“So it was only natural to ask the experts – our young patients and their parents – when we embarked on the pediatric radiology redesign,” Rawson said. “When the first step is talking to the patient and the family, great things happen.”

The improvements included converting the traditional waiting rooms into patient lounges, the first of which is the main waiting area, which was transformed with soft lighting, comfortable chairs and the installation of an interactive video wall. As patients and siblings reach for the objects on a giant wall screen, corn kernels “pop” into popcorn, waves ripple across a puddle, bubbles float through the air, or any of about 80 other scenarios are set in motion. Families who prefer a more private waiting space may use the patient lounges inside the suite, where a series of cozy nooks are flanked with intimate seating and illuminated in varying colors of light.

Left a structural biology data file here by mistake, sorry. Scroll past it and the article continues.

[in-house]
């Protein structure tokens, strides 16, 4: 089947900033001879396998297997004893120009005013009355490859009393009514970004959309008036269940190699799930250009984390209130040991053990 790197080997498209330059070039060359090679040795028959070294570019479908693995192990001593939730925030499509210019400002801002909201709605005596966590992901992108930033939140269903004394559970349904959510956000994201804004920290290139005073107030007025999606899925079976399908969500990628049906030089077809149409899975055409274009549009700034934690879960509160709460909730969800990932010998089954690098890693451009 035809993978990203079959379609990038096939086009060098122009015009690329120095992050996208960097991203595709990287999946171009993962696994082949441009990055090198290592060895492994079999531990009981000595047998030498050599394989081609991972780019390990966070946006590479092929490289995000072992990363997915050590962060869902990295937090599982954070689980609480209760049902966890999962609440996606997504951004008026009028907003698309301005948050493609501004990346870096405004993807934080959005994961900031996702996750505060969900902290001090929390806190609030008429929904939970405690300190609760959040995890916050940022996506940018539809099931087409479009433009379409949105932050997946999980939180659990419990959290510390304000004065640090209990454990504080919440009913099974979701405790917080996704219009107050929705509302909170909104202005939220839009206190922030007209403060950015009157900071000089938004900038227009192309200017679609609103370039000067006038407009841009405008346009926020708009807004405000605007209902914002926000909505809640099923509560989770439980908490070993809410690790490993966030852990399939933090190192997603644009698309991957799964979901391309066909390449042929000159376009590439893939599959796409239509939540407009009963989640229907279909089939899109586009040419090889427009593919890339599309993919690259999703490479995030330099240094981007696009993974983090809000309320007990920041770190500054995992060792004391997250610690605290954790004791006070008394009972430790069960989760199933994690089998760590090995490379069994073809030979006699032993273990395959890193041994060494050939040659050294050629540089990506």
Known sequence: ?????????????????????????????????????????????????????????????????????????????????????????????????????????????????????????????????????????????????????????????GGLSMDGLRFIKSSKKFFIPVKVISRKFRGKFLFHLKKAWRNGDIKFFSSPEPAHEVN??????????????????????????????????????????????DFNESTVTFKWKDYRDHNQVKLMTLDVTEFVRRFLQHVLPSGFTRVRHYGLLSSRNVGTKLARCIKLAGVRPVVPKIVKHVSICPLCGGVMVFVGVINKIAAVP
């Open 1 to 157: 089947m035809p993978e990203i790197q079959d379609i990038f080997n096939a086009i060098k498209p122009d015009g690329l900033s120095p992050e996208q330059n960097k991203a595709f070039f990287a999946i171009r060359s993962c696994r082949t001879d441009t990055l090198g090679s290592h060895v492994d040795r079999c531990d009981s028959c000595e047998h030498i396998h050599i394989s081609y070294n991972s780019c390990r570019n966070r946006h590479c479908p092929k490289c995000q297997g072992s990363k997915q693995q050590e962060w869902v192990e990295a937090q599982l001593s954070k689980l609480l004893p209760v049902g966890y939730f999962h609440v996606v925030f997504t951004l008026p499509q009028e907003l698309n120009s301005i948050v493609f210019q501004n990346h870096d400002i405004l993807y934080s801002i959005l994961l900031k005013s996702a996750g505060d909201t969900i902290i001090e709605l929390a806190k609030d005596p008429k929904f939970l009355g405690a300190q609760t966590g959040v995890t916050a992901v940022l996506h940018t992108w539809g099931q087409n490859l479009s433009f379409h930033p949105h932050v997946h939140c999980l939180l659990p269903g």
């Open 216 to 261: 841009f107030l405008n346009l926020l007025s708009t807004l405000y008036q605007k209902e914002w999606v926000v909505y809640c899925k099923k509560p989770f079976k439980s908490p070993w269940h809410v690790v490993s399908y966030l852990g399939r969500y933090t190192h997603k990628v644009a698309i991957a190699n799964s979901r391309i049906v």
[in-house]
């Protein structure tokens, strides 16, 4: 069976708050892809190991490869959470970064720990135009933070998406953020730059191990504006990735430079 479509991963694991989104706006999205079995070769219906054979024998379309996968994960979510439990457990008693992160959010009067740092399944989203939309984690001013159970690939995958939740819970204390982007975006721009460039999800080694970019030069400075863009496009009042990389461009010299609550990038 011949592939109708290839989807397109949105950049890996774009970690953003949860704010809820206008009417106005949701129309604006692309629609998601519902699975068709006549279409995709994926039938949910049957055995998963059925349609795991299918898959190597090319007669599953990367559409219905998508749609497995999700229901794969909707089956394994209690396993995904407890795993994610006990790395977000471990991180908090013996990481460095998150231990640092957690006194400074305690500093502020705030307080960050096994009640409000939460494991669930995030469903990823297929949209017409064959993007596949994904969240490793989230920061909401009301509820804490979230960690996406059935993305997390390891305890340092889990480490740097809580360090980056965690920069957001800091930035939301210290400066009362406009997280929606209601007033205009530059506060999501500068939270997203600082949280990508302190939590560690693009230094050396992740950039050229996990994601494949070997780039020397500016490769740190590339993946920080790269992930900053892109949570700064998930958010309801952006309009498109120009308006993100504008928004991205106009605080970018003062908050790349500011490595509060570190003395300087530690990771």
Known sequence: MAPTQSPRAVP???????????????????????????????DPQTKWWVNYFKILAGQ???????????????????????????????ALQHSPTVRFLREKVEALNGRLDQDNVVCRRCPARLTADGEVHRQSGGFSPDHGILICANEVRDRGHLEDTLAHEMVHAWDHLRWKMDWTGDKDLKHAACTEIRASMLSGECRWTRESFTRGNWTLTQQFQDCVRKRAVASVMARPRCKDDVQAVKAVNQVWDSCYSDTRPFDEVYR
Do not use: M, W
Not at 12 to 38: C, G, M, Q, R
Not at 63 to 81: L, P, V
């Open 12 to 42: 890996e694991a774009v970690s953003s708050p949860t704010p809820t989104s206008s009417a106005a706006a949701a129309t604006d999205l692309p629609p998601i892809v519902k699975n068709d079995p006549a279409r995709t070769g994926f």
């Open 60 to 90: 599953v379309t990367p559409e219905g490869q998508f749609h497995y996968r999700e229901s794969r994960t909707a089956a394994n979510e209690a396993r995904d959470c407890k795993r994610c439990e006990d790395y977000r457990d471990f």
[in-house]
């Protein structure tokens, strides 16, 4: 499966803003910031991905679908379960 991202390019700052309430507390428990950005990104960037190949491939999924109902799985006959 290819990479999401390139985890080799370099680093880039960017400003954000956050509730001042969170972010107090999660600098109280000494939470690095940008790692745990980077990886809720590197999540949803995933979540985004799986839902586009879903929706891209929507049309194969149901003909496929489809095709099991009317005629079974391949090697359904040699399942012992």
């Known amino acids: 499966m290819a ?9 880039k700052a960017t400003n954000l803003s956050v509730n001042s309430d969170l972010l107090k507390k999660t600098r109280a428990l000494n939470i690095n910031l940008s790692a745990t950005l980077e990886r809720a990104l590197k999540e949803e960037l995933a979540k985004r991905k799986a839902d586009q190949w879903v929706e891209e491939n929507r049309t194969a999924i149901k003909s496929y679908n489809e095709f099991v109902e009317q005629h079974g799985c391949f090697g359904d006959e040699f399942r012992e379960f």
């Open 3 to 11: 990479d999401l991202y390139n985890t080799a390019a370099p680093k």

More intimate, colorful patient lounges are inside the suite.

“Lighting has been an integral part of improving the patient experience in all our radiology areas at the hospital,” said Rawson. “When children enter a pediatric procedure room, they get to choose the color of lighting to help them feel more comfortable during their study.”

For fluoroscopy, the child gets to choose sound, too, such as waves crashing on the beach.

“By giving the child the opportunity to choose color, lighting and sound themes, we put them in control of their experience. On top of that, all our imaging studies are performed using low-dose techniques, because it’s vital that we limit every child’s potential for radiation exposure. It’s great to have fun, but patient safety must come first,” Rawson said.